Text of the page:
This may have a profound impact on enhancing food security on the continent, while also ensuring better revenue streams for smallholder farmers.
But due to cassava being a highly perishable crop, the development of markets has always been slow. Over the last few years, however, this has begun to change.
At the heart of this process is the Dutch Agricultural Development & Trading Company (Dadtco), which was founded in 2002. Dadtco developed and patented technology that enables people in Africa to use a mobile plant to process cassava.
In fact, SABMiller, one of the world’s largest brewers, has partnered with Dadtco to develop an innovative process to produce beer by replacing 70% of the malted barley normally used, with cassava cake. This has enabled SABMiller to create the first commercially-produced beer made in this way called Impala. SABMiller has now also launched a cassava beer in Ghana called ‘Eagle’.
Suzanne Vlakveld, Dadtco’s value chain manager, says: “We have just published a prospectus to find investors who are willing to invest in down-stream companies such as plants that produce starch, flour, syrup or sorbitol – all based on the use of cassava cake. We believe cassava can be the crop to unleash Africa’s agricultural potential.”
Mobile processing unit
The patented Autonomous Mobile Processing Unit (AMPU) developed by Dadtco is an integrated mobile cassava root processing plant housed in a modified 13m container, and with a self-contained power supply. It can be moved to the different areas where the cassava is produced and normally stays at a particular site for three to four months before moving to the next village.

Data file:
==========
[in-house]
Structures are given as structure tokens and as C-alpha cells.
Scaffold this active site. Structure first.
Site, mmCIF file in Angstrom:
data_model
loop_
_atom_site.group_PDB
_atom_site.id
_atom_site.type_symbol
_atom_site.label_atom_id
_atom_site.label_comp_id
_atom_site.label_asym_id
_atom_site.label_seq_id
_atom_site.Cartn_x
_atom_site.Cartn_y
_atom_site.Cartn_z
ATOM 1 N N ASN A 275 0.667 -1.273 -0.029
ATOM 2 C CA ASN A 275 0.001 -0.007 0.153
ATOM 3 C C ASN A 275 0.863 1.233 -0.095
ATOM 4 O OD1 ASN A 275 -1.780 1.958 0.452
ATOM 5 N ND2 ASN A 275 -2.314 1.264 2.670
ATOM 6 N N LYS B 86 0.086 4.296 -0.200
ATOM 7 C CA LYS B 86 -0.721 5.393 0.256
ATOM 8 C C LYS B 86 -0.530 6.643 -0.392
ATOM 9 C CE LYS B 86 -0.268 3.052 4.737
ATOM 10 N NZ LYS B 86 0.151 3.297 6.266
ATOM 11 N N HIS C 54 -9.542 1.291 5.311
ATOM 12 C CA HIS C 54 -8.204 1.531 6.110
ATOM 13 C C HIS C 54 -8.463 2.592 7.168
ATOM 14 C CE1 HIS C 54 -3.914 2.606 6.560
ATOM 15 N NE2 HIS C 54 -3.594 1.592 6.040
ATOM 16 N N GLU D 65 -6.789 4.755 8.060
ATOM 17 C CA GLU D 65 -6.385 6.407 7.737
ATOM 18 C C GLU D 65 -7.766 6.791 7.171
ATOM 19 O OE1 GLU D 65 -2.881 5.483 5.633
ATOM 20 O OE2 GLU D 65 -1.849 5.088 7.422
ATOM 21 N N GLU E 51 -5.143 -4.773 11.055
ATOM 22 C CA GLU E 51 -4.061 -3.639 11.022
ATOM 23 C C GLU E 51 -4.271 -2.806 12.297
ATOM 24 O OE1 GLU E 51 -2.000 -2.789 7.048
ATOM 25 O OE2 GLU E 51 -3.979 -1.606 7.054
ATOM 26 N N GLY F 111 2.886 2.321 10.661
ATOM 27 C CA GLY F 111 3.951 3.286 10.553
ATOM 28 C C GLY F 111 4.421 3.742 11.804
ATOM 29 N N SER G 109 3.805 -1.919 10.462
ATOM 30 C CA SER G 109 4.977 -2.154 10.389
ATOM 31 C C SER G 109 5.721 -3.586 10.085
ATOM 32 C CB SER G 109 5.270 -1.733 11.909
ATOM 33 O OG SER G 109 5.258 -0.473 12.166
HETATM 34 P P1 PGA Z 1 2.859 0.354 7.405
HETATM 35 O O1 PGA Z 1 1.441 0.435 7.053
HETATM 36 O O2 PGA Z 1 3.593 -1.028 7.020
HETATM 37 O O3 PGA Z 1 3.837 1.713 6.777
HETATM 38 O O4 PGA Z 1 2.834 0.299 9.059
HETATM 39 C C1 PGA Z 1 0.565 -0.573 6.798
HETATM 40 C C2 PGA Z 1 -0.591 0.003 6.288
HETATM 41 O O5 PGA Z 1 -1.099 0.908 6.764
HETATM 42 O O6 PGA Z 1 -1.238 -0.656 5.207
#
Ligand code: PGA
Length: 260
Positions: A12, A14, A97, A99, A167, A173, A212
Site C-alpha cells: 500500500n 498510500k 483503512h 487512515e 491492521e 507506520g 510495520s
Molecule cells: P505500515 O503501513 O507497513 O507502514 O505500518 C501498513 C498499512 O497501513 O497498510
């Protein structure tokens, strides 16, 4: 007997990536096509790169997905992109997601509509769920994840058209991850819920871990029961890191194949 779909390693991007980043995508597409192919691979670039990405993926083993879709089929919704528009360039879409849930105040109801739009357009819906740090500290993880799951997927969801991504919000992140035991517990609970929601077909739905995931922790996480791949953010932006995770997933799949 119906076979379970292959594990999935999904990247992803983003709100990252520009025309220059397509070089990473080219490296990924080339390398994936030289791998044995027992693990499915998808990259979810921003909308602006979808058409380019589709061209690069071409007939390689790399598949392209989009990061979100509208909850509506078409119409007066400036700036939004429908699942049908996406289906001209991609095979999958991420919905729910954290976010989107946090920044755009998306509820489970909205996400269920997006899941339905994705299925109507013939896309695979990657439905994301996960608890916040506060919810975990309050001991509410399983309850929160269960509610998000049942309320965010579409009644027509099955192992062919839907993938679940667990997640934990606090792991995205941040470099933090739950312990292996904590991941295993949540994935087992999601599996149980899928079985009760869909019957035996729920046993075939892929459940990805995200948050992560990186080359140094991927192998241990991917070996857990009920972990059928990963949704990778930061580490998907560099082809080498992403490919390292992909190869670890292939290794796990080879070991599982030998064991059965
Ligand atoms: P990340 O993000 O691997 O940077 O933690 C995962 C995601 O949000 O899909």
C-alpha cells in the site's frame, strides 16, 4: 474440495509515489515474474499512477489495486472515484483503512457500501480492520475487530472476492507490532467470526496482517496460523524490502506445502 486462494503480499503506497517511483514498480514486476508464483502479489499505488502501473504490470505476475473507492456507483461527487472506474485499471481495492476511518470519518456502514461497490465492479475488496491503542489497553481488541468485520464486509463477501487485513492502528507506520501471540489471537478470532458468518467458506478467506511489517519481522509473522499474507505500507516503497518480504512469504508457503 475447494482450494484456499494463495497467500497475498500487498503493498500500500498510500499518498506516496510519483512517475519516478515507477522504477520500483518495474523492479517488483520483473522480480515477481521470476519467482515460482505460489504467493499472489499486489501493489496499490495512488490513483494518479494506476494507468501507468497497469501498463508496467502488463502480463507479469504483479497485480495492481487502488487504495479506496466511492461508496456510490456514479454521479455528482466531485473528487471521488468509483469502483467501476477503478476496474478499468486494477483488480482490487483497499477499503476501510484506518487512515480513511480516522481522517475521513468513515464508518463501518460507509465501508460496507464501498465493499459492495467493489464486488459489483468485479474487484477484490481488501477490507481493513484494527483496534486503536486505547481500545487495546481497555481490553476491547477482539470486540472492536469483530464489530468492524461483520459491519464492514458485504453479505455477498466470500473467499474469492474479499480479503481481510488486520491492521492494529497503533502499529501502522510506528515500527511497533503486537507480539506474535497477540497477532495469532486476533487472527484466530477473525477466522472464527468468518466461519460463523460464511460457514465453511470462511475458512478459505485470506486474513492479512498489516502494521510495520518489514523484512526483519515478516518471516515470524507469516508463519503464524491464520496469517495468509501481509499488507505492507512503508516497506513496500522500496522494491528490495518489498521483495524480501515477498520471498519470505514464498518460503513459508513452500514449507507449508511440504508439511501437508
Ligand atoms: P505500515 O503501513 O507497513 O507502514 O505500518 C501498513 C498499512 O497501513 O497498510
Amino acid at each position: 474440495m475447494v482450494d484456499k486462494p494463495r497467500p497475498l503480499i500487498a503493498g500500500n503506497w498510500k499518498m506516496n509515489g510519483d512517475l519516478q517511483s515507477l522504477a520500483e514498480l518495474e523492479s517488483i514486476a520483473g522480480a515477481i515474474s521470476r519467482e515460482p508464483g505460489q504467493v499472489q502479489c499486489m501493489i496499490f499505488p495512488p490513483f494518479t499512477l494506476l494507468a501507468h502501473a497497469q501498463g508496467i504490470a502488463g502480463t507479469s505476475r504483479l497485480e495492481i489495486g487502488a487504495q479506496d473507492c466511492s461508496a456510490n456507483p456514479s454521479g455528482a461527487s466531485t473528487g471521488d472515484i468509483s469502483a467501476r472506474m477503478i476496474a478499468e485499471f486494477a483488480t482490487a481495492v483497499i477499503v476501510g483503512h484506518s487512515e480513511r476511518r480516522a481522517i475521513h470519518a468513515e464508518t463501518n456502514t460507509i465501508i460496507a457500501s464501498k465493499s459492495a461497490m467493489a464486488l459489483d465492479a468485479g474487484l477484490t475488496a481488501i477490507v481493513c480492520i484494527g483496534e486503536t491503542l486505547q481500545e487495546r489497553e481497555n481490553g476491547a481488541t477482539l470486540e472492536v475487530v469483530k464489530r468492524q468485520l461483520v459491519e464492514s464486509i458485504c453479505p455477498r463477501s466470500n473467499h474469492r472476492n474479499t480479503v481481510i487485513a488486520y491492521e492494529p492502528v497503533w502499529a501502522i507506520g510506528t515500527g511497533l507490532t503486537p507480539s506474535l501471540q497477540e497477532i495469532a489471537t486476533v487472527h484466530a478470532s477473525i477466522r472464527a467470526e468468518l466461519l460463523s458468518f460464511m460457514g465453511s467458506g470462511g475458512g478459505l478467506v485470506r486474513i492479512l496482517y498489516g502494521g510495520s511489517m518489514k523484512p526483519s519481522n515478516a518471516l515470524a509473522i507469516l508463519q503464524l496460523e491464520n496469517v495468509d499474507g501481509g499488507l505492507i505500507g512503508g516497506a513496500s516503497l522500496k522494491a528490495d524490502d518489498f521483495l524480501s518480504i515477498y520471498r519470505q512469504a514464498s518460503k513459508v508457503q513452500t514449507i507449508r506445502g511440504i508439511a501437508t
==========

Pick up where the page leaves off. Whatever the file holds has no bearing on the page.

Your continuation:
Thanks to this technology, it is possible to process perishable cassava roots into a high-quality ‘cake’, an intermediate product containing 45% to 50% less water than the roots and can be stored for six months. This mobile unit therefore significantly lowers the cost of transporting cassava.
Once the cassava root has been sourced from smallholder farmers, processing takes place within 24 hours of harvesting. Processing in the AMPU starts with washing and peeling the roots, followed by chopping, rasping and de-watering, before the cassava cake is produced.
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Trucks then transport the cake to a centralised drying and refinery plant, also known as a flash dryer, for further processing, as well as to syrup plants or SABMiller’s breweries.
Two AMPUs are currently operational in Mozambique and one in Ghana. Dadtco also has a HQCF factory in Nigeria, where three AMPUs supply cassava cake to the processing facility. A second factory will go into production next month.
Asked about producer prices Vlakveld said: “Depending on location, we are paying farmers US$50 (R500) to US$70(R700)/t. Currently, Nigerian farmers produce 20t/ha to 30t/ha without too much investment. When using fertiliser on new, improved varieties, yield can reach 60t/ha.”
According to her, the greatest benefits farmers derive from working with Dadtco are:
- Having a guaranteed market.
- Being able to sell all their cassava at once, allowing them to replant in an efficient, commercialised pattern. Traditionally, cassava farmers sell small quantities throughout the year and farmers must store surpluses.
- Farmers receive immediate cash payments.
This article was originally published in the 17 January 2014 issue of Farmer’s Weekly.